Several bars participating in the Geneva Cocktail Week had special events for the night. The Barbershop had a Monkey Shoulder trolley with spiked up iced teas and cocktail; the Black Sheep had a special menu with Schweppes Premium Mixers and Bulldog Gin; finally it was Le Scandale’s turn to host a Pimm’s night. Alas, after going to a street festival in Carouge, I realized I was basically sleep walking and returned home without enjoying any of these activities. I didn’t even stop at Le Chat Noir which was only a 2 min walk from where I was. That goes to say how tired I was.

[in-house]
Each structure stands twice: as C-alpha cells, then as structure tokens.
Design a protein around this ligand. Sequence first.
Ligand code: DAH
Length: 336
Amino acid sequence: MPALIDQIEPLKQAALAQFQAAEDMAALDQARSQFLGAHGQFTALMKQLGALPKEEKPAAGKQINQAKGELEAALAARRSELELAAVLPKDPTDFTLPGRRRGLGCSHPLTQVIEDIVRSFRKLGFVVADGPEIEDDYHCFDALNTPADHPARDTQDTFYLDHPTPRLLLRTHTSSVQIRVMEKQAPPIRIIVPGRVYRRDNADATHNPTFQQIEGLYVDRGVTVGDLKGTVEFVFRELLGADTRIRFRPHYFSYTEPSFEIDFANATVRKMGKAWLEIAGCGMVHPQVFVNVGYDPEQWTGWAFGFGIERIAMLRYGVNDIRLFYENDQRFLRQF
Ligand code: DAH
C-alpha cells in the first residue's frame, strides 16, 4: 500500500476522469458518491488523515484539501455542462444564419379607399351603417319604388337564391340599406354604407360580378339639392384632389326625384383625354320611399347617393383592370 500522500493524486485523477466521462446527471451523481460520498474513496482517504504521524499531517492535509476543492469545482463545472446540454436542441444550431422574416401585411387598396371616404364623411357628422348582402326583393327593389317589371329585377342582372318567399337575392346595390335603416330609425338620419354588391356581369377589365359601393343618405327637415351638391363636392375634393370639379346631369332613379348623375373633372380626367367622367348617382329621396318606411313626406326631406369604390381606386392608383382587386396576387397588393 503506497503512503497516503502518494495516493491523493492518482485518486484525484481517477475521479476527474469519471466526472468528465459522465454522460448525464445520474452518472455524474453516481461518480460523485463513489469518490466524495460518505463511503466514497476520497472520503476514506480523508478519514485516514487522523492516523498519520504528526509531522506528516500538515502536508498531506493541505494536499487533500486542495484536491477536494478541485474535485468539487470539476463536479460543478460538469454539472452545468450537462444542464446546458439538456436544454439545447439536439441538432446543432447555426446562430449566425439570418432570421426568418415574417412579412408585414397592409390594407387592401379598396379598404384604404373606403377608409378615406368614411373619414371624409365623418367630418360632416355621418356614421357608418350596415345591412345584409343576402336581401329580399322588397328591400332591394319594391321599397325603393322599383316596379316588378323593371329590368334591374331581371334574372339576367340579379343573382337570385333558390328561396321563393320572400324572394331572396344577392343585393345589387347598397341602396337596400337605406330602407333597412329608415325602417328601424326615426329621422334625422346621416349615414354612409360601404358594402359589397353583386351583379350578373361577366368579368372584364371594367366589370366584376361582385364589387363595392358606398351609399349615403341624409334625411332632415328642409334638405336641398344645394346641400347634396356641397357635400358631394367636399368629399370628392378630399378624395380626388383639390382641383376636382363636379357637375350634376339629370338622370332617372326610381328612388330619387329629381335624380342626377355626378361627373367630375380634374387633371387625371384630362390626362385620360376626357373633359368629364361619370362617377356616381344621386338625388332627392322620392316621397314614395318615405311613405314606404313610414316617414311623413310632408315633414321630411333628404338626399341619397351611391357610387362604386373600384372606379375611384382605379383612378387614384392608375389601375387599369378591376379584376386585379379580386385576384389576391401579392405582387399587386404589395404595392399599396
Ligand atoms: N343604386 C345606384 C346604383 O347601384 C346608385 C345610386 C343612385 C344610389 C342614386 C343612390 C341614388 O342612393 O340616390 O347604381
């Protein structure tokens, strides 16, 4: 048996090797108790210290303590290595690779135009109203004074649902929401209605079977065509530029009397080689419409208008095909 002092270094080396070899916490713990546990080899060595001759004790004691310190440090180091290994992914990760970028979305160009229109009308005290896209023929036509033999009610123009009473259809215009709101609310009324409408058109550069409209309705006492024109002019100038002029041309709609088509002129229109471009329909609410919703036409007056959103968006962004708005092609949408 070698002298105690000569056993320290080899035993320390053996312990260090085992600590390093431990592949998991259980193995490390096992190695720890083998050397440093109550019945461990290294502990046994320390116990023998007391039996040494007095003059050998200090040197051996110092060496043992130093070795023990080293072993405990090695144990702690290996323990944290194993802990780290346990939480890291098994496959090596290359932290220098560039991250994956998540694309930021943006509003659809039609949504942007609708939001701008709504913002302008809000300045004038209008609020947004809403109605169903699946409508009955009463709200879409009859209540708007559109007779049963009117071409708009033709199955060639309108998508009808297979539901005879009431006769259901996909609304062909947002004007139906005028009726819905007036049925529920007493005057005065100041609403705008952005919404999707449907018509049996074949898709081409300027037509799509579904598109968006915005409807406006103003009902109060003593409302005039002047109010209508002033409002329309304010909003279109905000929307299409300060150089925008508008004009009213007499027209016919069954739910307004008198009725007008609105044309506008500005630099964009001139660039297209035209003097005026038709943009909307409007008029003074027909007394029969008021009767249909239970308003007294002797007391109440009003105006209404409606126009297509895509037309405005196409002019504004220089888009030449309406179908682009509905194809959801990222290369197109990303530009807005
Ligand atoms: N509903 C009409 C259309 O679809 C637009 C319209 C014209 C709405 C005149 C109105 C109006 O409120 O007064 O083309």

For the last day open to the general public, the organizers of the Geneva Cocktail Week had two masterclasses in store: one about Polugar Vodkas at L’Apothicaire Cocktail Club and the other about Buen Suceso Mezcal at Le Verre à Monique both at 6pm. (All in all there have been four masterclasses about mezcal during the week. Take the hint: this is the new “it” spirit!) I’ll admit to attending neither of Saturday’s masterclasses. Shame on me, I know, but Saturday afternoons are my “sacred” chill out time at home. In fact I’ll admit to not attending any event of the Geneva Cocktail Week on Saturday. In my defense there were two places on my radar but, once my friends and I got there around midnight, they were either closed or closing down. I’m of two minds there. On one hand I admit I should have checked these two venues’ timetables beforehand. Upon doing it now I see that they’re both closed on Saturdays, although for one that is fairly recent and the other states it’s open on Saturdays in case of events. On the other hand, shouldn’t these places have opened exceptionally for the cocktail week? They have the license to do so and I’m pretty sure they would have had guests (other than my friends and I) coming in. Food for thought for next year, don’t you think?